Kenworth 10-ton 6x6 heavy wrecking truck
|Heavy Wrecking Truck M1|
Ward LaFrance M1A1
|Type||10-ton 6x6 wrecker|
|Place of origin||United States|
|Manufacturer||Kenworth, Ward LaFrance|
|No. built||5,765 (all models)|
|Mass||31,200 lb (14,200 kg)|
|Length||23 ft 5 in (7.14 m)|
|Width||8 ft 3 in (2.51 m)|
|Height||9 ft 9 in (2.97 m)|
145 hp (108 kW)
|Transmission||5 speed x 2 range trf. case|
|Suspension||Live axles on leaf springs|
|250 mi (402.3 km)|
|Speed||45 mph (72 km/h)|
The Kenworth 10-ton 6x6 heavy wrecking truck (G116) (officially Heavy Wrecking Truck M1) was the standard heavy wrecker of the US Army during World War II. It was replaced in the 1950s by 5-ton wreckers.
In 1939-1941 the Army Ordnance Corps was developing a complete line of tactical trucks that could operate over all roads and cross-country terrain in all weather. Corbitt, a small company which had sold the US Army trucks since 1917, was working on designs for heavy-duty conventional 6x6s trucks. In 1940 their designs for a 6-ton truck and a 10-ton wrecker chassis were standardized, with Corbitt to build 6-ton cargo trucks, while the 10-ton wreckers were contracted to Kenworth Motor Truck Corp. and Ward LaFrance Truck Corp. Ward LaFrance began production in 1941 and would build 4,925 vehicles. Kenworth began in 1942, but because of interruptions in manufacturing only built 840. At first the manufacturers' chassis were similar and used the same components. After the 1943 upgrade to -A1 standard, the two chassis were mechanically identical and parts were interchangeable. After the war, the rating of the 10-ton wrecker was lowered to 6-ton.
Engine and driveline
The M1 had a ladder frame with three live beam axles, the front on leaf springs, the rear tandem on leaf springs with locating arms. All models had a 181 in (4.60 m) wheelbase. The M1 weighed 27,330 lb (12,400 kg), the -A1 31,200 lb (14,200 kg). Brakes were full air, the tires were 11.00x20 with dual rear tires.
In addition to the wrecking body, all trucks had a 20,000 lb (9,100 kg) front winch and a rear pintle hitch. Not intended to carry a load, the M1 could support 8,000 lb (3,600 kg) while towing up to 60,000 lb (27,000 kg). The -A1 upgrade also had a rear winch, heavier bumpers, and a large front tow-bar, allowing the truck to recover and move light armored vehicles.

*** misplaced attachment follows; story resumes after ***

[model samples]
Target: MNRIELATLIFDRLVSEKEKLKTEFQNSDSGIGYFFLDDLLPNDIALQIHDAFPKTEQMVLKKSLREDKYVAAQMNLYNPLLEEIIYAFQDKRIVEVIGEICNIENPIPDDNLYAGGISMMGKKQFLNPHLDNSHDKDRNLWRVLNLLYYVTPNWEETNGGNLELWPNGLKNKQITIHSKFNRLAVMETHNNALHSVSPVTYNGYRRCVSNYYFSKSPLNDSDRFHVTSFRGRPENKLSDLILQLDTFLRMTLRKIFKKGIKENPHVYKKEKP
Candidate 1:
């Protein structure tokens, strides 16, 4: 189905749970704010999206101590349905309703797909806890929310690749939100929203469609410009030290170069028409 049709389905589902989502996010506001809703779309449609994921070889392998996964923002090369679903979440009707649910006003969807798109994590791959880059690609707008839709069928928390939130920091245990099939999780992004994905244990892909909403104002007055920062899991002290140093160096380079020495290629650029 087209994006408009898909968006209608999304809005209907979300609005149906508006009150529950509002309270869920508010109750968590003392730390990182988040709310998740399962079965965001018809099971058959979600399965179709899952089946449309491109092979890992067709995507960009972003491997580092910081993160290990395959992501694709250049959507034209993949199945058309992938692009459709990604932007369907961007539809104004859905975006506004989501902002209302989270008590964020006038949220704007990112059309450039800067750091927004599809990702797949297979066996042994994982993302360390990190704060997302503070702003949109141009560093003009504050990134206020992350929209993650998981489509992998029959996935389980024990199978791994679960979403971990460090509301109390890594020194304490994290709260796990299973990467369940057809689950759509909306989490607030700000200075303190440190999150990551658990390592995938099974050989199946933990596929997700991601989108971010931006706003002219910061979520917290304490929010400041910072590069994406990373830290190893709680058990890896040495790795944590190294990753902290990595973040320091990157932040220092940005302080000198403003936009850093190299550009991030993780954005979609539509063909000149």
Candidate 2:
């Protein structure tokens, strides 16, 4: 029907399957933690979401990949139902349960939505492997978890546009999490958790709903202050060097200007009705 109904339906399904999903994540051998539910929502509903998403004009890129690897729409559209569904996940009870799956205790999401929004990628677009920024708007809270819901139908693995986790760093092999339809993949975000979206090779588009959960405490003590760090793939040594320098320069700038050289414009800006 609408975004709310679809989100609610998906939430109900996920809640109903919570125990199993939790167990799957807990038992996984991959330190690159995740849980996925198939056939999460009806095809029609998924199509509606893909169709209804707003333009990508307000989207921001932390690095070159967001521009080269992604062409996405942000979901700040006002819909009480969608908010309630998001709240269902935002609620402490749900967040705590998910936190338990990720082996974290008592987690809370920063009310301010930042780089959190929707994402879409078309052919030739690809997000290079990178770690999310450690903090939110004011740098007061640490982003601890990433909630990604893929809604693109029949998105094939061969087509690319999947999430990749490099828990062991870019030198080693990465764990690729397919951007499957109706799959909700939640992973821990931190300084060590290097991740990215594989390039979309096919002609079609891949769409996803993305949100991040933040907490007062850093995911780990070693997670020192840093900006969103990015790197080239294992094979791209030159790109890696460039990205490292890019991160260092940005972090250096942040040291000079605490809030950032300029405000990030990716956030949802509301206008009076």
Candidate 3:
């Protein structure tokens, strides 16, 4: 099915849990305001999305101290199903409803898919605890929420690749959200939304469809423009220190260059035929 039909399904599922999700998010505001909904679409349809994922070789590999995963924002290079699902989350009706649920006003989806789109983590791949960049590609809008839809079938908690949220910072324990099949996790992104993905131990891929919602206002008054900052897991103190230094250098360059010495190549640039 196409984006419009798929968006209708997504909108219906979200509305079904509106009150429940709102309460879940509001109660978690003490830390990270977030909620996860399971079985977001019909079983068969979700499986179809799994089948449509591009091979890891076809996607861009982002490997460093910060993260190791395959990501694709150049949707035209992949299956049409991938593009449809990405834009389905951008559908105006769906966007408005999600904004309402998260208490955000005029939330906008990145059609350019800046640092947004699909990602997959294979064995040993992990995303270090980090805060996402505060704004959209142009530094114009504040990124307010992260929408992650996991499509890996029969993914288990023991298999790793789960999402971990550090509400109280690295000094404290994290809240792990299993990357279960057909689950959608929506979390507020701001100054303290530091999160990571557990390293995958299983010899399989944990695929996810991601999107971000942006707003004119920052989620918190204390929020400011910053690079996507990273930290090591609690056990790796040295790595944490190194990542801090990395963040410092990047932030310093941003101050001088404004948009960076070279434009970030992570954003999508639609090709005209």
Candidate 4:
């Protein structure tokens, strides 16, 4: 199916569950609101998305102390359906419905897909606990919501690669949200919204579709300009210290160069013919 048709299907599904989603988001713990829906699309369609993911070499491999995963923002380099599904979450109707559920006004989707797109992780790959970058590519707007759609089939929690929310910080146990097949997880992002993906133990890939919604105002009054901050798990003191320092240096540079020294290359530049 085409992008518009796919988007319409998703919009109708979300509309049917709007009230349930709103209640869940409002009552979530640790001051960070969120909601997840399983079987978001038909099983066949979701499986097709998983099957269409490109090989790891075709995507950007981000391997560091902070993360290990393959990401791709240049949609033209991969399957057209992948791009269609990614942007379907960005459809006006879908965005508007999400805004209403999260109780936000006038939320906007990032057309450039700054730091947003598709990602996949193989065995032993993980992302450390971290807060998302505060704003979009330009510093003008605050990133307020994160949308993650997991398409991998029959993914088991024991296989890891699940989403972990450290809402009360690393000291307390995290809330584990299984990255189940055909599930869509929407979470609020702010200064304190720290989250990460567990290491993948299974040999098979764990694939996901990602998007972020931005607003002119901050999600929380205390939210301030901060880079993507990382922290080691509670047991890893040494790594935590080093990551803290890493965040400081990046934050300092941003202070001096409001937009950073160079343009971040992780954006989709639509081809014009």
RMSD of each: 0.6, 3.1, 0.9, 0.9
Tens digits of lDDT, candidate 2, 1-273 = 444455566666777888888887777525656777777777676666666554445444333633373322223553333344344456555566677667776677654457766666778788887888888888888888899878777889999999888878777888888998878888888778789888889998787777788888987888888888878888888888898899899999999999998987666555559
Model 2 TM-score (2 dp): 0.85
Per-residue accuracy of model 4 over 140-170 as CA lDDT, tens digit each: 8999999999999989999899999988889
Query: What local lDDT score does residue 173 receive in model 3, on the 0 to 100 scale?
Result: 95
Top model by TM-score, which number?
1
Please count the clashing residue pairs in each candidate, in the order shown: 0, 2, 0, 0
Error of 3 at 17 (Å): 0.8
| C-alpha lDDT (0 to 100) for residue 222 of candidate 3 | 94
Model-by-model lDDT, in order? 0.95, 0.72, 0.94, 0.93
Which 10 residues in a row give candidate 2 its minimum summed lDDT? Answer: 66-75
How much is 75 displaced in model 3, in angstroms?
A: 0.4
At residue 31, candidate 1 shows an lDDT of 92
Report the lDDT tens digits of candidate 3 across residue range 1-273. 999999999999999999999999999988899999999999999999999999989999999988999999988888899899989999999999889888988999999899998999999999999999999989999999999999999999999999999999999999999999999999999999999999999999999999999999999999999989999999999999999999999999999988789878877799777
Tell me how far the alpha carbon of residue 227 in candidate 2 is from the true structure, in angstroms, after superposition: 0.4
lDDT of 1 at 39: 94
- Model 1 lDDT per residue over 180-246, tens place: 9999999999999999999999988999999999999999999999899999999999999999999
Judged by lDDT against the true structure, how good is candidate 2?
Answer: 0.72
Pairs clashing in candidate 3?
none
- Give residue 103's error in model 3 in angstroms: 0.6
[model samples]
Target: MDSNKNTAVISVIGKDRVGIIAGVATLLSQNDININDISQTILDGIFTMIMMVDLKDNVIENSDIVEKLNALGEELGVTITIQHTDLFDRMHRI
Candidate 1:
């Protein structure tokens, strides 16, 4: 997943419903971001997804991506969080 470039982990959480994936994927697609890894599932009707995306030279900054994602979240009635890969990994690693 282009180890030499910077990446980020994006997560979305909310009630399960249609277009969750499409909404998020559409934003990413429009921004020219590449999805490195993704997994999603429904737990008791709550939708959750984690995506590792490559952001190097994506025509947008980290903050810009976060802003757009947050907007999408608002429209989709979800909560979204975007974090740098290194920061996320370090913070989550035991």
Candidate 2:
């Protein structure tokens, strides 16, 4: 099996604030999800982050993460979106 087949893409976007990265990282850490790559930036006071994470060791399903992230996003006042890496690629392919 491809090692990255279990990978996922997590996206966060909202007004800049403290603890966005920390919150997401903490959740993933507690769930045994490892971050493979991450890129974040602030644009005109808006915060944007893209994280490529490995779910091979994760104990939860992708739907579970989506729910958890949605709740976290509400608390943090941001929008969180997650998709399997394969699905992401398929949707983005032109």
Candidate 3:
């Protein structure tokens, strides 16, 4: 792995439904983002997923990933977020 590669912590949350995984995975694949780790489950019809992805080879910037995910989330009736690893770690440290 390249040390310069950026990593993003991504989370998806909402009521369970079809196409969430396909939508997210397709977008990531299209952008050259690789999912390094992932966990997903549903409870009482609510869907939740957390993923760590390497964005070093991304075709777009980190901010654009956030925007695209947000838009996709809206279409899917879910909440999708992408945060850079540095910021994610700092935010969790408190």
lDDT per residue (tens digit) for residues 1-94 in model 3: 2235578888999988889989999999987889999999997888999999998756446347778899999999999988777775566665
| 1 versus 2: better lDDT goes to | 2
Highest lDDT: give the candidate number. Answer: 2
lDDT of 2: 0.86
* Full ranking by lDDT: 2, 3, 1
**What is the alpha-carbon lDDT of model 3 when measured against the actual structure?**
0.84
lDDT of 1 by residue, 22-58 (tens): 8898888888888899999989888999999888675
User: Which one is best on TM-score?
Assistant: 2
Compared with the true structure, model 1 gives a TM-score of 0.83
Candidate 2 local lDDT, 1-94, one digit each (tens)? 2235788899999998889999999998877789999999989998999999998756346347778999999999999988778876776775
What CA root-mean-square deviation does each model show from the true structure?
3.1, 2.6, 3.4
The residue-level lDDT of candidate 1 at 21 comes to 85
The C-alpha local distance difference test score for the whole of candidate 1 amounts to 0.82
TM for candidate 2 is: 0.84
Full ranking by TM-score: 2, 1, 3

Early models used the manufacturer's commercial cab, fenders, and specific hoods, making the two models look different. The -A1 models had open military cabs, flat fenders, and similar hoods, making all look the same.
All bodies used by both manufacturers were built by Garwood. A single boom could be raised and lowered by cable, rotate 180°, and carried a cable from a 47,500 lb (21,500 kg) winch. Outriggers and braces on both the body and the boom itself allowed 16,000 lb (7,300 kg) to be lifted throughout the rear 180° of the truck. In early models, all actions except for the winches were manual; later models had powered booms. The -A1 upgrade had a different boom and the front sides of the body were cut away from the mast and spare tires.
- Crismon, Fred W (2001). US Military Wheeled Vehicles (3 ed.). Victory WW2. pp. 363, 368–370. ISBN 0-970056-71-0.
- Doyle, David (2003). Standard Catalog of U.S. Military Vehicles (2 ed.). Krause. pp. 216–221. ISBN 0-87349-508-X.
- Ware, Pat (2014). The Illustrated Guide to Military Vehicles. Anness. p. 245. ISBN 978-1-78214-192-1.
- TM 9-795 Heavy Wrecking Truck M1 (Series 1 and 2). US War Dept. 1942.
- TM 9-796 Heavy Wrecking Truck M1A1 (Kenworth Model 573, Ward LaFrance Series 5). US War Dept. 1944.
- TM 9-2800 Standard Military Motor Vehicles. US Dept. of the Army. 1 September 1943. pp. 312–313. Retrieved 31 December 2014.
- TM 9-2800 Military Vehicles. US Depts. of the Army. February 1953. p. 275. Retrieved 9 August 2015.